Saint Petersburg, 16-19 October 2009
Now who would have thought that I would pick Russia for my next trip…
Well, I tell you, Saint Petersburg (Leningrad) was on my list of places to see for a while now. Initially our plan was to see Moscow but I heard some negative stories about it (I think you can imagine what people are like when they are the generation of 'new money') and Saint P had a more pleasant sound to it anyway.
Well - as soon as we entered the city it was evident that this is where Russia's riches have been hidden for centuries. The elaborate architecture with incredibly detailed ornaments and sculptures. The Hermitage in all its glory (building and contents). The large number of churches and cathedrals where gold and precious stone are used lavishly and the clear evidence of the neoclassical architecture being replaced by the more romantic archictural style in the late 1800's.
My proper camera lens still needing replacement and my tiny camera not being able to handle bad photography weather, I am not very happy with the pictures, but it can't be helped.
While photographing some of the richness of the churches, I was not so much in awe of all its beauty but actually disgusted by it, when you realize many people worked on this for years on end at less than acceptable wages. How else could these riches be kept going?
On the other hand, what impressed me was the incredible taste the Russian high society must have had, it is evident in the buildings, carpentry/woodwork, plasterwork, ornaments, sculptures and the way the city is laid out. You could just see the huge dinners and danceparties taking place and hear the rustle of the long evening gowns of the ladies. Even if it's not your taste, it's still impressive.
By the way…..did you know: Peter the Great resided in Holland for quite a while? He studied shipbuilding in Zaandam (I used to live there!) and his house still exists, and Amsterdam (live there now!), and later put this to use in helping build Russia's navy during his reign. Also the canal-layout is very much like we see in Holland, especially Amsterdam. They say Peter was very much influenced by the Amsterdam city layout.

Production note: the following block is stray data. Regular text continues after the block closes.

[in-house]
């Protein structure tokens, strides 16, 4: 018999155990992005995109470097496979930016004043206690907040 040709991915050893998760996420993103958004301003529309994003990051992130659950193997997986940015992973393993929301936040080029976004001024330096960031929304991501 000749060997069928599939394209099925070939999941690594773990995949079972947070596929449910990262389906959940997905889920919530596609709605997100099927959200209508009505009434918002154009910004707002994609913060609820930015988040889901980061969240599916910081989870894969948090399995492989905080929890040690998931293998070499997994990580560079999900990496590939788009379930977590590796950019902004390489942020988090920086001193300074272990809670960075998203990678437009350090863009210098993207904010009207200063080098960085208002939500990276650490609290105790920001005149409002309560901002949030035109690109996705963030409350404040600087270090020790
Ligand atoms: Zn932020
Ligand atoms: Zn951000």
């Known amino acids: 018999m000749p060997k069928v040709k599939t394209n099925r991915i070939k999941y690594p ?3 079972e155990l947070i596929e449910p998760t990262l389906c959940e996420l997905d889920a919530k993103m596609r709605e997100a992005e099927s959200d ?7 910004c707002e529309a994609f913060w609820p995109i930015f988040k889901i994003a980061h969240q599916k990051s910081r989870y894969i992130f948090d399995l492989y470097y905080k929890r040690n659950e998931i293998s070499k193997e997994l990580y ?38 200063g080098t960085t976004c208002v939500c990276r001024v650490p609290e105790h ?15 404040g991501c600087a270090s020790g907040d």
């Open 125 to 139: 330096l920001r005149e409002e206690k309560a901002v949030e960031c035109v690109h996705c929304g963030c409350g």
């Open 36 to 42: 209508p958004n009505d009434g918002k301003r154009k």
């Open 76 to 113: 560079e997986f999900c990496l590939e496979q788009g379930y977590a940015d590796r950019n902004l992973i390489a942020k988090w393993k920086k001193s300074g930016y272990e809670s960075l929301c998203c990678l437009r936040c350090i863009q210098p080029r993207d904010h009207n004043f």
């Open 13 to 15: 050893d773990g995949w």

I think I can limit myself to the main feature of this trip though: The Hermitage. Originally a palace, it was extended by Catherine, the granddaughter of Peter, for the purpose of storing and later also exhibiting the many pieces of art she started collecting. Each extension (upwards or sideways) reflects the need for more exhibition space. In the early days of her collecting moods she focused mainly on Dutch and Belgian artists. Later on she broadened her taste and I think the collection is an incredible portrayal of different art styles that were developed during her life. You can imagine that you can spend years to view it in its entirety; apparently there are nearly three million works on exhibit. (Louvre, eat your heart out.)
When it comes to our visit to The Hermitage we were lucky in three ways:
- we found out on time that it is closed on Mondays (on Monday we met some people who had not)
- we managed to skip the enormous lineup by paying a guy who knew a guy (it's bad, I know) which saved us 1,5 hours and
- we ended up being guided by a curator of the museum because there were not enough English tour guides available. It took her a while to unfreeze (it was clearly beneath her dignity to be showing tourists around the place) but once she got going there was no stopping her. Her knowledge was incredible. Thanks Anna!
Mmm. What else to tell. Had caviar (but not the Belluga, because we both felt that was just ridiculously priced) served with blini's and sour cream, yum yum. Had good food everywhere and it's a fun place to shop.
Even the bad weather could not stop us from having fun.
Which we had. We laughed from start to finish.
Thanks Natasja…and get your walking boots out of the closet, next year it's Cornwall! Or something like that.